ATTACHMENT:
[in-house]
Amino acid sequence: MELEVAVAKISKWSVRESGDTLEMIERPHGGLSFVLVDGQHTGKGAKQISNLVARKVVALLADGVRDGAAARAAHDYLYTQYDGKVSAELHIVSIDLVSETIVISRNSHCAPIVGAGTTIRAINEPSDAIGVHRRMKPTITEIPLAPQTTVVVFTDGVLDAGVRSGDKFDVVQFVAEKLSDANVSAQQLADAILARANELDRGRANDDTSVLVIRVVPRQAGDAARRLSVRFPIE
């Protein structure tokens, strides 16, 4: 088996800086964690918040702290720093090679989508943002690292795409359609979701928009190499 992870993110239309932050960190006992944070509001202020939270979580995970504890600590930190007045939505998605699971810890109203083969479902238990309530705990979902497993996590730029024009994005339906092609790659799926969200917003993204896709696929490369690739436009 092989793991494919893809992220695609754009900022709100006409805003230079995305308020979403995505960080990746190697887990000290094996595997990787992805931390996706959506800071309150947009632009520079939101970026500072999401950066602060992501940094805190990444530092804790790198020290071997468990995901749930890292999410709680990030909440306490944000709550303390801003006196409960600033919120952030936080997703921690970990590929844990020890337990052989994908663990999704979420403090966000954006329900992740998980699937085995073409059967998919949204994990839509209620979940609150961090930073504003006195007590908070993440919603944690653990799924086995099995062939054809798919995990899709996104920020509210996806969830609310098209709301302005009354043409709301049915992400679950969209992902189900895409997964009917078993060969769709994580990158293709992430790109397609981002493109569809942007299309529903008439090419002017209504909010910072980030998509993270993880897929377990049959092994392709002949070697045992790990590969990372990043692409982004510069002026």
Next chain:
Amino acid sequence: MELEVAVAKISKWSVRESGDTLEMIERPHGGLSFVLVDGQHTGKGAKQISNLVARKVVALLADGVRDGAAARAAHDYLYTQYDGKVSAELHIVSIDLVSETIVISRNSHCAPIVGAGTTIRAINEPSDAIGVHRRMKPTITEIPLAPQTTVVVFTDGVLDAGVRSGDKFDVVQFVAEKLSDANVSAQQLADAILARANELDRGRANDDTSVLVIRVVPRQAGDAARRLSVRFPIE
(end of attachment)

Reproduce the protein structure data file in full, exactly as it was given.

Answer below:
[in-house]
Amino acid sequence: MELEVAVAKISKWSVRESGDTLEMIERPHGGLSFVLVDGQHTGKGAKQISNLVARKVVALLADGVRDGAAARAAHDYLYTQYDGKVSAELHIVSIDLVSETIVISRNSHCAPIVGAGTTIRAINEPSDAIGVHRRMKPTITEIPLAPQTTVVVFTDGVLDAGVRSGDKFDVVQFVAEKLSDANVSAQQLADAILARANELDRGRANDDTSVLVIRVVPRQAGDAARRLSVRFPIE
């Protein structure tokens, strides 16, 4: 088996800086964690918040702290720093090679989508943002690292795409359609979701928009190499 992870993110239309932050960190006992944070509001202020939270979580995970504890600590930190007045939505998605699971810890109203083969479902238990309530705990979902497993996590730029024009994005339906092609790659799926969200917003993204896709696929490369690739436009 092989793991494919893809992220695609754009900022709100006409805003230079995305308020979403995505960080990746190697887990000290094996595997990787992805931390996706959506800071309150947009632009520079939101970026500072999401950066602060992501940094805190990444530092804790790198020290071997468990995901749930890292999410709680990030909440306490944000709550303390801003006196409960600033919120952030936080997703921690970990590929844990020890337990052989994908663990999704979420403090966000954006329900992740998980699937085995073409059967998919949204994990839509209620979940609150961090930073504003006195007590908070993440919603944690653990799924086995099995062939054809798919995990899709996104920020509210996806969830609310098209709301302005009354043409709301049915992400679950969209992902189900895409997964009917078993060969769709994580990158293709992430790109397609981002493109569809942007299309529903008439090419002017209504909010910072980030998509993270993880897929377990049959092994392709002949070697045992790990590969990372990043692409982004510069002026």
Next chain:
Amino acid sequence: MELEVAVAKISKWSVRESGDTLEMIERPHGGLSFVLVDGQHTGKGAKQISNLVARKVVALLADGVRDGAAARAAHDYLYTQYDGKVSAELHIVSIDLVSETIVISRNSHCAPIVGAGTTIRAINEPSDAIGVHRRMKPTITEIPLAPQTTVVVFTDGVLDAGVRSGDKFDVVQFVAEKLSDANVSAQQLADAILARANELDRGRANDDTSVLVIRVVPRQAGDAARRLSVRFPIE